Ask almost any working fashion photographer today what advice they would give a photographer to get their foot in the door and they will almost certainly say the best way is to assist. This is largely because of the networking opportunity and access to industry leaders and the knowledge they can bestow upon you that isn’t otherwise accessible.
Alexi Lubomirski realizes that having had access to this plethora of information and talent was pivotal in launching his career after he assisted Mario Testino for four years. Alexi is launching a new interview series on his Youtube channel, Face to Face, in which he will be interviewing top industry professionals to provide aspiring fashion photographers an inside look at the coveted fashion industry.
For the first installment, Alexi interviews top fashion stylist and creative director, Paul Cavaco. Cavaco has an extensive and successful career spanning from Harper’s Bazaar, Vogue and Allure as well as working closely with the likes of Richard Avedon, Steven Meisel and Patrick Demarchelier, just to name a few.
They discuss how Paul first began his career and the nuances of attitude on set from the film age into the digital age; the primary difference being they used to have to nail it in one shot and nowadays everyone is hovered around the computer monitor and the attitude is it can be perfected in post. The focus has changed.
“You have to tell a story in fashion… You have to know who this girl is. Sometimes I think people treat beauty as if it’s still life on a human, and to me, that is a boring picture.”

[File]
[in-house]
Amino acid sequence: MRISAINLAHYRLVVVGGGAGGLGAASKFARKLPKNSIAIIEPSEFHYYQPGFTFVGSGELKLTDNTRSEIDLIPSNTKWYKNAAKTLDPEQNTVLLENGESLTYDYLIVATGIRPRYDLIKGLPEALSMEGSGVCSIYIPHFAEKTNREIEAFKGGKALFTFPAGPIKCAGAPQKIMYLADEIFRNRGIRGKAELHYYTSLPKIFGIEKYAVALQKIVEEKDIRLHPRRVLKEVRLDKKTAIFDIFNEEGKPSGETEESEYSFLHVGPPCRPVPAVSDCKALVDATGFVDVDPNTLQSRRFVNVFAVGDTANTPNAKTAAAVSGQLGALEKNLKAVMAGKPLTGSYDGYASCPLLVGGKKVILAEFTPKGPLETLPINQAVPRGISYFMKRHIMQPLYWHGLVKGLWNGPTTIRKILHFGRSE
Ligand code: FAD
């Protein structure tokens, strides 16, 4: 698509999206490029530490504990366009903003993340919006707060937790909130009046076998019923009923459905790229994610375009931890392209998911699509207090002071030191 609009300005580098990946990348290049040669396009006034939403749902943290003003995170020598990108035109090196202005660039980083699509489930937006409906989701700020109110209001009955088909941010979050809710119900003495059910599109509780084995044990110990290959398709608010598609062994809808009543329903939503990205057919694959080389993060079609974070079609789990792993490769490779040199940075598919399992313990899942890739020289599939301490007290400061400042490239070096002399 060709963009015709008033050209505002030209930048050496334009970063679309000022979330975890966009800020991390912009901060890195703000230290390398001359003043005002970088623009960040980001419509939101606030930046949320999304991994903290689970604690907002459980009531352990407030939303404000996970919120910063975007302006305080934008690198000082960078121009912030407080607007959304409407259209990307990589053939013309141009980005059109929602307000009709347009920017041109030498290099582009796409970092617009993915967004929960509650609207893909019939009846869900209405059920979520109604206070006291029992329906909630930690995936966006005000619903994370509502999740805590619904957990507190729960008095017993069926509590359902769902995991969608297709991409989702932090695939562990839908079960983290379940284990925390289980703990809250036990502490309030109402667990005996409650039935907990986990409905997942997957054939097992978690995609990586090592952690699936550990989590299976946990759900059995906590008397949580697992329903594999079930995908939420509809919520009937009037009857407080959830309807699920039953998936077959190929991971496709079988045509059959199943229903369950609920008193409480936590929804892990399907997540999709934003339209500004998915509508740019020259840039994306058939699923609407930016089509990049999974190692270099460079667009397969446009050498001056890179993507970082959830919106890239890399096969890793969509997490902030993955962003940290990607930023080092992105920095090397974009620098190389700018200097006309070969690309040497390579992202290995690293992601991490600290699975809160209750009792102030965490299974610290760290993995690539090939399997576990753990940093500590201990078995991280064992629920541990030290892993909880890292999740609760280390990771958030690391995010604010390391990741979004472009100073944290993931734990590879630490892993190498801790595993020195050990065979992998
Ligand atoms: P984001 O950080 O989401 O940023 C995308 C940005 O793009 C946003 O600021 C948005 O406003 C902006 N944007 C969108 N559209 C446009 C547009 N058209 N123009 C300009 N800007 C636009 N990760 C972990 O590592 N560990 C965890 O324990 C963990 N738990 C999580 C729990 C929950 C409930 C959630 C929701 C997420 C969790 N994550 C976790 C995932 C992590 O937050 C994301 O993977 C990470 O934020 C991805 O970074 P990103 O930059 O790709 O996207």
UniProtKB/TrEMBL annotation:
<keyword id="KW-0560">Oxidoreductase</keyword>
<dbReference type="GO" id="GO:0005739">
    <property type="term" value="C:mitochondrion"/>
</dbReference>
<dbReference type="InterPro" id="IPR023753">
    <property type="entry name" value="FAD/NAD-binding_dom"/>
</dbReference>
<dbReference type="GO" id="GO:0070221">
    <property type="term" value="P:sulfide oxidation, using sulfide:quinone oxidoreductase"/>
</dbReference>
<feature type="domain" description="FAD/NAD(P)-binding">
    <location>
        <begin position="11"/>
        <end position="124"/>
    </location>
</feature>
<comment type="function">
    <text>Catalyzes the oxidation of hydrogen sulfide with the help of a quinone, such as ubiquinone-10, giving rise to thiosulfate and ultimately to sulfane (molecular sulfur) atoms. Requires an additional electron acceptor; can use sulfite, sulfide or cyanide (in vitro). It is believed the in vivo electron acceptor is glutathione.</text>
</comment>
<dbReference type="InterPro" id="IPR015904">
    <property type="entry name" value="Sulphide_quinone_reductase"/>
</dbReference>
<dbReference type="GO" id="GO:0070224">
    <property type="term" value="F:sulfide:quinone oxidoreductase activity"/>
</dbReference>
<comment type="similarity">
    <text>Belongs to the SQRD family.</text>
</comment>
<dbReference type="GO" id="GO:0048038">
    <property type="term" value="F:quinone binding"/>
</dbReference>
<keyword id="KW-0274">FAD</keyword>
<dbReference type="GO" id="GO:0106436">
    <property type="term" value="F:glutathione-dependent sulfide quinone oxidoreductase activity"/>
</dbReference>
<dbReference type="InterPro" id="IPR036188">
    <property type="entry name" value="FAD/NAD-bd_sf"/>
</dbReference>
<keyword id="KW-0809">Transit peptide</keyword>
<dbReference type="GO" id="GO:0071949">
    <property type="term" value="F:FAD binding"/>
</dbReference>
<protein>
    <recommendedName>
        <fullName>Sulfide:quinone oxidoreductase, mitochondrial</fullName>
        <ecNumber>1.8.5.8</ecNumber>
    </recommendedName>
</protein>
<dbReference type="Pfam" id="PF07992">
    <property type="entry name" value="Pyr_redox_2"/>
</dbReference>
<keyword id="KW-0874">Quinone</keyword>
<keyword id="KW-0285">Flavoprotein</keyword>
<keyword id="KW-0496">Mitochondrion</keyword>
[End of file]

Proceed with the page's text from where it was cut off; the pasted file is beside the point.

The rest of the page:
Cavaco highlights the importance of bringing life to an image and having the ability to tell a story in fashion. It has to be believable. The best models and movies have an innate ability to make you believe their story. The model has to own the look and become that character.
Alexi asks him for his opinion on what is important to put in a portfolio. Cavaco shares stories from when he first started working with Steven Meisel. He discusses the importance of having a point of view and being authentic to oneself. Cavaco states how the honesty resonates with the audience. It is real. It is the photographer’s responsibility to put a little bit of themselves into the storytelling while maintaining their truth.
“What’s really hard about a portfolio when someone is starting is the point of view. Usually if you like a photograph or a photographer it is because they have a point of view.”